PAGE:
Definition of “Adult Criminal”
A move is afoot to change North Carolina’s definition of an “adult criminal.” Currently, if you are old enough to drive a car, you are old enough to be treated as an adult when it comes to criminal offenses. This means that 16 and 17-year-olds are adjudicated in adult criminal court when they are accused of committing a crime.
For many years, left-leaning politicians and child advocate groups have pushed for increasing North Carolina’s age of majority to 18. They want all 16 and 17-year-olds sent to juvenile court with its secret proceedings and bureaucracy. This means that even drunk driving 16-year-olds would go to “Juvee” where juvenile court counselors (specially assigned probation officers), assistant district attorneys and District Court judges run the show.
Right to Jury Trial Important
As a long-time criminal defense attorney who has represented thousands of 16 and 17-year-olds, I am completely opposed to this idea. My reasoning is simple: I believe that 16 and 17-year-olds deserve the right to a jury trial when they are accused of a crime. Juvenile court does not give these young adults what would otherwise be considered a constitutional right to “a trial by jury.”
At first blush, it may not sound like a big deal to treat these young adults as children. However, to any parent it should be a very big deal. If your 16/17-year-old son or daughter is currently charged with driving while impaired, misdemeanor larceny or simple assault, they rate a jury trial. This will not be the case if opponents of the current system get their way. In the brave new world they propose, your young adult will enter into the secret wonderland of Juvenile Court. There, District Court judges look at opinions from juvenile court counselors and other bureaucrats in deciding what “justice” the child receives. If you don’t think the judgment is fair, there is no appeal to a jury trial in Superior Court, as currently exists in the adult system.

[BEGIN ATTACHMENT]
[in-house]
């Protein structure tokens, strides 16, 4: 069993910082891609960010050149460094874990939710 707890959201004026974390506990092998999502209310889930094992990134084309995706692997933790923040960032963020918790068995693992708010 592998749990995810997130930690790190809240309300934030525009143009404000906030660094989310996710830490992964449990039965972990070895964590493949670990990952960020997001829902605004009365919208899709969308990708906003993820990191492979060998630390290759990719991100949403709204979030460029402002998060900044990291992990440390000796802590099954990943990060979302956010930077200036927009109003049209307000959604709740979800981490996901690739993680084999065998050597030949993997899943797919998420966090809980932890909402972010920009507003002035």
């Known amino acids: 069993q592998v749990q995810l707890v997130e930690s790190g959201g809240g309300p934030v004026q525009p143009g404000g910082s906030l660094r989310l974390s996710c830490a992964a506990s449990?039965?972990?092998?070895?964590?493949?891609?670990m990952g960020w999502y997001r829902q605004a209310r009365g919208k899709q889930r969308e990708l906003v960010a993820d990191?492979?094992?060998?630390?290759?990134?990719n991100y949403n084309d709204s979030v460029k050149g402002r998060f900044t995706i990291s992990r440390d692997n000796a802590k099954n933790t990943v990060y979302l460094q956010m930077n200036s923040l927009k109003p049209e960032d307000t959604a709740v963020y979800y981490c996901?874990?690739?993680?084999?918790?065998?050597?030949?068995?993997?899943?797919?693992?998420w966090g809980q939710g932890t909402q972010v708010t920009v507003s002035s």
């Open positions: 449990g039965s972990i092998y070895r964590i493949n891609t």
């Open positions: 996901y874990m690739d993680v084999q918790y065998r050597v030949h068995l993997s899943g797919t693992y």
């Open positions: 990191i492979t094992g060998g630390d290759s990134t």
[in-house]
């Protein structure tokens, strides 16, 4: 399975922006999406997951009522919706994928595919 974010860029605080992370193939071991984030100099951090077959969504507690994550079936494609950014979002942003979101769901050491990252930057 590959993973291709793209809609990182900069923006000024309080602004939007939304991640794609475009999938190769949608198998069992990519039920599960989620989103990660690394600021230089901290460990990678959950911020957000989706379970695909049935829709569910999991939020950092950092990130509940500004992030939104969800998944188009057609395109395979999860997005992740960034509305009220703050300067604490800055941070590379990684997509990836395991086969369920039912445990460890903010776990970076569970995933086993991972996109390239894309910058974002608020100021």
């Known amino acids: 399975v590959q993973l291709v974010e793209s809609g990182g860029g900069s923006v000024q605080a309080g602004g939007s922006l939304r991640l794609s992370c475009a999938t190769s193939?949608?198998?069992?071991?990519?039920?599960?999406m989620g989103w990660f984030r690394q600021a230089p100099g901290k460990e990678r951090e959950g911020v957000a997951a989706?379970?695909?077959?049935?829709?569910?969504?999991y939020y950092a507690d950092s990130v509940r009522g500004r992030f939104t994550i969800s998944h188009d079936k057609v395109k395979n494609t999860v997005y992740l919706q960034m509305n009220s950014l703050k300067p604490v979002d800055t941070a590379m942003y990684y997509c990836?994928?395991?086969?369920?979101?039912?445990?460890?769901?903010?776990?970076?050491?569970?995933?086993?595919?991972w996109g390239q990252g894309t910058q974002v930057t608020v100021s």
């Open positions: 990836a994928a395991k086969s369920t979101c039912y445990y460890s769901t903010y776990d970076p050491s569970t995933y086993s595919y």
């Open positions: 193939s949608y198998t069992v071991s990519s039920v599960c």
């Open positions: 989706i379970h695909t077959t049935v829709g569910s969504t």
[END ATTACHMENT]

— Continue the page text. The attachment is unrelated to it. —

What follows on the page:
Current Shortcomings of System
Opponents of the current system argue that adult court jurisdiction of 16 and 17-year-olds results in “poor rehabilitation prospects.” What they rarely explain is that few juveniles are ever sent to jail. Most crimes are minor misdemeanors that rarely, if ever, result in incarceration in the adult system.
For the few individuals who are incarcerated, the adult system may or may not be the best choice when it comes to punishment. These youthful offenders may have education requirements or need mental treatment that may not be provided in an adult prison. Additionally, due to their tender years, they may not have the ability to protect themselves from older, more aggressive individuals.
A Better Solution
There is a better solution. Instead of taking away the right to a jury trial from 16 and 17-year-olds, why not simply reform the sentencing laws? North Carolina’s adult criminal corrections system just went through a massive restructuring with the new Justice Reinvestment Act. However, the Act did not deal with the sentencing needs of 16 and 17-year-olds in the adult system. This situation can and should be addressed at the next convening of the North Carolina legislature. Judges, with the input of defense attorneys, prosecutors, and probation officers could make broad sentencing decisions on the proper type of facility (adult or juvenile), education needs, and mental health treatment for young adult offenders. The law could even be expanded to include the other teenagers no one talks about (18 and 19-year-olds) who may also have special needs.
The bottom line is that part of the system, i.e., young adult sentencing, may need to be revisited. However, there is no justification for taking away a young person’s constitutional right to a jury trial by needlessly expanding the jurisdiction of juvenile courts with all of their secrecy and bureaucracy. It was Thomas Jefferson who said: “I consider trial by jury as the only anchor yet devised by man, by which a government can be held to the principles of its constitution.”
Thom Goolsby is a state senator, attorney and law professor from Wilmington. He chairs the Senate Oversight Committee on Justice and Public Safety.